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On Economists Giving Thanks, And The Avoidance Of Arms Races…

November 28th, 2013 · 3 Comments
Behavioral Econ · Buyer Beware · Game Theory · Policy

First off, HAPPY THANKSGIVING! I am very thankful that you all read my online ramblings 🙂

Once you get drowsy from eating too much Thanksgiving dinner (and no, it’s not the turkey, that’s mostly an urban legend, unless of course you ate the entire turkey), you should feast on what Dan Ariely has to say about giving:

Also, it’s a bit late for dietary advice, but in case you are curious how behavioral economists think about planning a Thanksgiving meal, this is totally for you. Actually, it should probably be for everyone, given that the average Thanksgiving dinner contains about 4,500 calories, or, for context, the recommended caloric intake for at least two days. If you feel like this excessive smorgasbord of calories has been getting more extreme as of late, it’s likely at least in part because the stuff that goes into making Thanksgiving dinner has gotten much cheaper in real terms over time.

Soooo…you may have noticed that I am writing rather than eating turkey and making awkward small talk with family members on this fine Thanksgiving day…that is largely by design, and the photos of the airports and train stations that have been floating around on the Internet suggest that my strategy is in fact optimal on a number of levels. (I suppose it also helps that I am not alone in choosing this strategy and that restaurants in Boston are more than happy to exchange money for turkey and stuffing…and cocktails.) Even so, I am quite pleased that Massachusetts is one of (I think) three states that has blue laws that prevent most retail establishments from opening on Thanksgiving. (Since Massachusetts is a small state, it’s probably helpful to know that the other two states with such laws are Rhode Island and Maine.)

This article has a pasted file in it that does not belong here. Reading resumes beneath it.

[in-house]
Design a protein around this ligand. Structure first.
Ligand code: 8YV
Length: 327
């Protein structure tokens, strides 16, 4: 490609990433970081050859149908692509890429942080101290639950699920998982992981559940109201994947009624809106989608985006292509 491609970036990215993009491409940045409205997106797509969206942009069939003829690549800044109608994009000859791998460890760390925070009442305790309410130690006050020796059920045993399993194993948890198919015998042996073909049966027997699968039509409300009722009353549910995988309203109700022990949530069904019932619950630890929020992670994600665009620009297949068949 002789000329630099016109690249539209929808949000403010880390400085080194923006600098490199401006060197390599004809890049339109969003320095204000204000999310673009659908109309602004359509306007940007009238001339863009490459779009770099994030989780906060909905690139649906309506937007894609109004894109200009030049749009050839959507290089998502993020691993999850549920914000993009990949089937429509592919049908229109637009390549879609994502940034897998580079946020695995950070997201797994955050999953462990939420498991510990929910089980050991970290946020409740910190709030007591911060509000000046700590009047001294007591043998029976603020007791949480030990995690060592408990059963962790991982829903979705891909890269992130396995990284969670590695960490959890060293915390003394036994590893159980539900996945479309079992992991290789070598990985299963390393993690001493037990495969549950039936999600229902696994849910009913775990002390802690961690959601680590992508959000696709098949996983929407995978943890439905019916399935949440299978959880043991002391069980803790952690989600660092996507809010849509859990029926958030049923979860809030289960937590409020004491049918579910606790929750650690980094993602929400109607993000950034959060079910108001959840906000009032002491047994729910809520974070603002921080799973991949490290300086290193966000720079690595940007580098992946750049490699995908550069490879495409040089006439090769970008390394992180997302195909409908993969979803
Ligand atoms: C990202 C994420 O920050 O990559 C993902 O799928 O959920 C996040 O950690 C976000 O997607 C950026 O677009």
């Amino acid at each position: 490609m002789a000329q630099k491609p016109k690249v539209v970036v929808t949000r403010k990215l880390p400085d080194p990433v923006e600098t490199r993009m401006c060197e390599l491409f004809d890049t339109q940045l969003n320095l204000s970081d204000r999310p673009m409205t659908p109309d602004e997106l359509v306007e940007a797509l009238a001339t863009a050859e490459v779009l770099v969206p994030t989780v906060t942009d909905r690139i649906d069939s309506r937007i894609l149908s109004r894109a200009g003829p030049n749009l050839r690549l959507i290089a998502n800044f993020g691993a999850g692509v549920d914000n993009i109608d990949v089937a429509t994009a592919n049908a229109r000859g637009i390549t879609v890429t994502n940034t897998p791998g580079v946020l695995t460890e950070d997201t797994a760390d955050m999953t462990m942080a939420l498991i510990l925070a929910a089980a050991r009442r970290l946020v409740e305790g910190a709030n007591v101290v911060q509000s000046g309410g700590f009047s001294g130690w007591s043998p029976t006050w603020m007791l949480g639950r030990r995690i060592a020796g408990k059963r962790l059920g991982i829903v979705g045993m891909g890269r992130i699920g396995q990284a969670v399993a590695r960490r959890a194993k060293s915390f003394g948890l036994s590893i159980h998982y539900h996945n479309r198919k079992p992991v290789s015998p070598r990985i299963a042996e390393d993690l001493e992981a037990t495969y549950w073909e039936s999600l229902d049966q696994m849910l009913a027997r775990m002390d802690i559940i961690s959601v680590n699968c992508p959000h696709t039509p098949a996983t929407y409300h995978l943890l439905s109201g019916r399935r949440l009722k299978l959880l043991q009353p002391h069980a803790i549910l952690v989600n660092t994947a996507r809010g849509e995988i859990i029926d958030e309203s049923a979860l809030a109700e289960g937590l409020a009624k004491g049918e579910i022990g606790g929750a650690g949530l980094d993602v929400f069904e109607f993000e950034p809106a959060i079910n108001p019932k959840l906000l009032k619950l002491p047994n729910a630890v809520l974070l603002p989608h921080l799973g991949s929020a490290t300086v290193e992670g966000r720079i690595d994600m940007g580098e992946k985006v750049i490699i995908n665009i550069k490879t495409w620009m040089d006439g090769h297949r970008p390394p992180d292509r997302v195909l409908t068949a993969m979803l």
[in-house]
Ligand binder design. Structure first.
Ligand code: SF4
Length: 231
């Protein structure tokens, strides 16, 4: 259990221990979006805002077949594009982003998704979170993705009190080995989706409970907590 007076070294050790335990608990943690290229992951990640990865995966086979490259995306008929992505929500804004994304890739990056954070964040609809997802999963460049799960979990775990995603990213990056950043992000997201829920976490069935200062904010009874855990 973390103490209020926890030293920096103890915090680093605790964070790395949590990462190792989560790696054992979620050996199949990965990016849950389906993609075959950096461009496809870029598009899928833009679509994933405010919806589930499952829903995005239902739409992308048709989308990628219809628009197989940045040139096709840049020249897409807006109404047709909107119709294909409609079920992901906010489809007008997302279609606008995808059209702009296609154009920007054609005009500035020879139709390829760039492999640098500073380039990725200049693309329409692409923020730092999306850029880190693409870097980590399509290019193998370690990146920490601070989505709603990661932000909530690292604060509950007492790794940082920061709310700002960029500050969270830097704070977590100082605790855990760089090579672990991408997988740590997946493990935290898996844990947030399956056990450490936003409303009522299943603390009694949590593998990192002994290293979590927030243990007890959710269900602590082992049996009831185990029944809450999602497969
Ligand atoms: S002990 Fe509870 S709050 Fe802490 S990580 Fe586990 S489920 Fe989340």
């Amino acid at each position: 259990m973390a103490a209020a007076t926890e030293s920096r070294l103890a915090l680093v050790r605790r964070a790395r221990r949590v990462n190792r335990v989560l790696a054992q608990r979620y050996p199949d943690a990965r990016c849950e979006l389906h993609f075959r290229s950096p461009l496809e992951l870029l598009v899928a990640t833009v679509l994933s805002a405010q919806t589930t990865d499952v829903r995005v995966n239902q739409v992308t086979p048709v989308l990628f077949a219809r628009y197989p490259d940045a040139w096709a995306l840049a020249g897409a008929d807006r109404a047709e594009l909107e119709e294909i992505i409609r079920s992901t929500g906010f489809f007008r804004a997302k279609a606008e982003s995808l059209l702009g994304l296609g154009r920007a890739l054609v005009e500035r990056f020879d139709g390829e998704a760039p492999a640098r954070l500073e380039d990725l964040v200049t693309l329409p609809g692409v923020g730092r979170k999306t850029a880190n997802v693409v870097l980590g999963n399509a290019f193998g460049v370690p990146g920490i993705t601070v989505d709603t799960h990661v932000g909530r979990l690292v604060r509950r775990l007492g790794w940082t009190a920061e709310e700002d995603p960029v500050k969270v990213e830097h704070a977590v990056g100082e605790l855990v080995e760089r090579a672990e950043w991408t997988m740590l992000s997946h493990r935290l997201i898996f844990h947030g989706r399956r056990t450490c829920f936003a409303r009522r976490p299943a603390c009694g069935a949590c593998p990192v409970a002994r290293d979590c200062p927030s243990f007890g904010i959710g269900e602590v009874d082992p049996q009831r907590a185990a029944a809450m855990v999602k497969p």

But wait- shouldn’t I be against seemingly arbitrary regulation? Yes, and I am more than happy to explain myself…but let me give you some more Massachusetts fun facts first:

Until a few years ago, blue laws in Massachusetts stipulated that liquor stores in Massachusetts couldn’t be open on Sunday unless one of two conditions was met- either the store was located within 3 miles of the New Hampshire border (since liquor stores in New Hampshire were open on Sundays and it was easy for customers near the border to take their dollars out of state) or it was between Thanksgiving and New Year’s Day (I have no idea what the reason was for that one). Once discussions about repealing said laws began, many were surprised to find out that many liquor store owners were vehemently opposed to repealing the law. Their (likely correct) reasoning was that people knew that the liquor stores weren’t open on Sunday and, in most cases, planned accordingly, so opening on Sunday wouldn’t add a while lot to overall demand. It would, however, add to the store’s cost, so it would lower the store’s profits. (In other words, the store owners didn’t think that the incremental demand would cover the variable costs associated with being open on Sunday.) Furthermore, it wouldn’t make sense for a single store to refuse to open on Sunday, since customers could easily find one that is open and therefore don’t have an incentive to plan ahead. Overall, repealing the law was probably good for consumers but probably not good for producers.